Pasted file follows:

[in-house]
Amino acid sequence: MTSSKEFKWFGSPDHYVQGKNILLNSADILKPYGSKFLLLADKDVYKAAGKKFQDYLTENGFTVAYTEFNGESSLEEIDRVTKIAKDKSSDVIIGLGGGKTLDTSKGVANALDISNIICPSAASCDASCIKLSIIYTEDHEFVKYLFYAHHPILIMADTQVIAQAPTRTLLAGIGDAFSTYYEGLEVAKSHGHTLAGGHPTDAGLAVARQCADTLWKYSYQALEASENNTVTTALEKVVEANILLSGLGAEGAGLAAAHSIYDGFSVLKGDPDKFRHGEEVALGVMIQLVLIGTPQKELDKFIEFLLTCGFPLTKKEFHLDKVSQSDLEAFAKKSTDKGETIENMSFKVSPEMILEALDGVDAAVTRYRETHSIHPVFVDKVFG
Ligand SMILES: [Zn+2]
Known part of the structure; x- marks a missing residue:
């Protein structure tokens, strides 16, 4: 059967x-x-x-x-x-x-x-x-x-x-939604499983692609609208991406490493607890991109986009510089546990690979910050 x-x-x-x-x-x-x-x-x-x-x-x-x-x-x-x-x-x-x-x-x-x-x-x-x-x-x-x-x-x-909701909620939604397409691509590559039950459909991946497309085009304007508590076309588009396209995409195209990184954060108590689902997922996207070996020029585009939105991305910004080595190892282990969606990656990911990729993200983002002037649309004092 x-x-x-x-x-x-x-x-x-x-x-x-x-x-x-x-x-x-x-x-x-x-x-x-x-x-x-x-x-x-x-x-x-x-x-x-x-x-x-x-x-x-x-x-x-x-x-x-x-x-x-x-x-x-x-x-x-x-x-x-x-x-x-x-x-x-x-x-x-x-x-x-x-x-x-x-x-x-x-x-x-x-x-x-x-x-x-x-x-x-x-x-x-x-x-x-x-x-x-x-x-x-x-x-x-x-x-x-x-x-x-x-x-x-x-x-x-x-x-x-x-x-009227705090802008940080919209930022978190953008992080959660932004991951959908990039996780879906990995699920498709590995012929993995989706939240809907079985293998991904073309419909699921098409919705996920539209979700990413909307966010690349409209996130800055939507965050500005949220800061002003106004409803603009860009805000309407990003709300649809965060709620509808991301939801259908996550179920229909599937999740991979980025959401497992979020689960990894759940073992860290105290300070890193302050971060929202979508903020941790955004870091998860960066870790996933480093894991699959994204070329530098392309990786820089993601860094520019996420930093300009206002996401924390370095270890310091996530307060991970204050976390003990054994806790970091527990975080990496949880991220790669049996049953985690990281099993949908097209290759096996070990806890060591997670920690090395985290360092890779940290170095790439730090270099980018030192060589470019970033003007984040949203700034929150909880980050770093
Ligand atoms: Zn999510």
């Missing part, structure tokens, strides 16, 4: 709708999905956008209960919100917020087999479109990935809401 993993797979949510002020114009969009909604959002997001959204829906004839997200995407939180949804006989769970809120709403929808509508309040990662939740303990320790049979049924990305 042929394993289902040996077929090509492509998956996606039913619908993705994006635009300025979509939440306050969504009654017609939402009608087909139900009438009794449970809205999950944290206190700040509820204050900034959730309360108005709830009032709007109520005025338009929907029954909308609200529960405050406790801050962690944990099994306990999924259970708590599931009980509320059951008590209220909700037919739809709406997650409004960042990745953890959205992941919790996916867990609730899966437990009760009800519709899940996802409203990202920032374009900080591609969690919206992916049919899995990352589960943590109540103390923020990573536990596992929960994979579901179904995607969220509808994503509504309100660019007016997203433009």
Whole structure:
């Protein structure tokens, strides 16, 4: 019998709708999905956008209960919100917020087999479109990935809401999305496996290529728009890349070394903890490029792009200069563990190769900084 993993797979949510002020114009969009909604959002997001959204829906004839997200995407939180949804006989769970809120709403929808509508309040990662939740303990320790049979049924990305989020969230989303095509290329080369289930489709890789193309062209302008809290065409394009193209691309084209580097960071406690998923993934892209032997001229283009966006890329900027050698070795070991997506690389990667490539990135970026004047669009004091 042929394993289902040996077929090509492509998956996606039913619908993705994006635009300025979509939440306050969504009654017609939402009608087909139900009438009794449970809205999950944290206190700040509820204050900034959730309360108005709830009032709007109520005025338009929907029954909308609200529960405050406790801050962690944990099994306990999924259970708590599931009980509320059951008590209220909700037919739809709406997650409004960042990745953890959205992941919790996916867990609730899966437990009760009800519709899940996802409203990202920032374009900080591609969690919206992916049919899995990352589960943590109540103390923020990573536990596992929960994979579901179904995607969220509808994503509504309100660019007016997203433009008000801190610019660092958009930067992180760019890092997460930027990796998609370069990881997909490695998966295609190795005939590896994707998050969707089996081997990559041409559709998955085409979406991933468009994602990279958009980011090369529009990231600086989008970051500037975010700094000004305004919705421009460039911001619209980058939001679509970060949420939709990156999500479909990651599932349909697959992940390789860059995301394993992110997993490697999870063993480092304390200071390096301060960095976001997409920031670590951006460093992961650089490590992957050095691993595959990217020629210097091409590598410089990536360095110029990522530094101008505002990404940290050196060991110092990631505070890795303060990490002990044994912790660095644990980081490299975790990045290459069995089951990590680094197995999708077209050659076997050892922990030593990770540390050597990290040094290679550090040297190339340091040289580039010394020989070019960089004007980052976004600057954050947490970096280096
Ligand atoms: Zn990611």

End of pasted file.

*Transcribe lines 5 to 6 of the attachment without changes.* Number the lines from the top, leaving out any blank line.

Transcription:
């Protein structure tokens, strides 16, 4: 059967x-x-x-x-x-x-x-x-x-x-939604499983692609609208991406490493607890991109986009510089546990690979910050 x-x-x-x-x-x-x-x-x-x-x-x-x-x-x-x-x-x-x-x-x-x-x-x-x-x-x-x-x-x-909701909620939604397409691509590559039950459909991946497309085009304007508590076309588009396209995409195209990184954060108590689902997922996207070996020029585009939105991305910004080595190892282990969606990656990911990729993200983002002037649309004092 x-x-x-x-x-x-x-x-x-x-x-x-x-x-x-x-x-x-x-x-x-x-x-x-x-x-x-x-x-x-x-x-x-x-x-x-x-x-x-x-x-x-x-x-x-x-x-x-x-x-x-x-x-x-x-x-x-x-x-x-x-x-x-x-x-x-x-x-x-x-x-x-x-x-x-x-x-x-x-x-x-x-x-x-x-x-x-x-x-x-x-x-x-x-x-x-x-x-x-x-x-x-x-x-x-x-x-x-x-x-x-x-x-x-x-x-x-x-x-x-x-x-009227705090802008940080919209930022978190953008992080959660932004991951959908990039996780879906990995699920498709590995012929993995989706939240809907079985293998991904073309419909699921098409919705996920539209979700990413909307966010690349409209996130800055939507965050500005949220800061002003106004409803603009860009805000309407990003709300649809965060709620509808991301939801259908996550179920229909599937999740991979980025959401497992979020689960990894759940073992860290105290300070890193302050971060929202979508903020941790955004870091998860960066870790996933480093894991699959994204070329530098392309990786820089993601860094520019996420930093300009206002996401924390370095270890310091996530307060991970204050976390003990054994806790970091527990975080990496949880991220790669049996049953985690990281099993949908097209290759096996070990806890060591997670920690090395985290360092890779940290170095790439730090270099980018030192060589470019970033003007984040949203700034929150909880980050770093
Ligand atoms: Zn999510």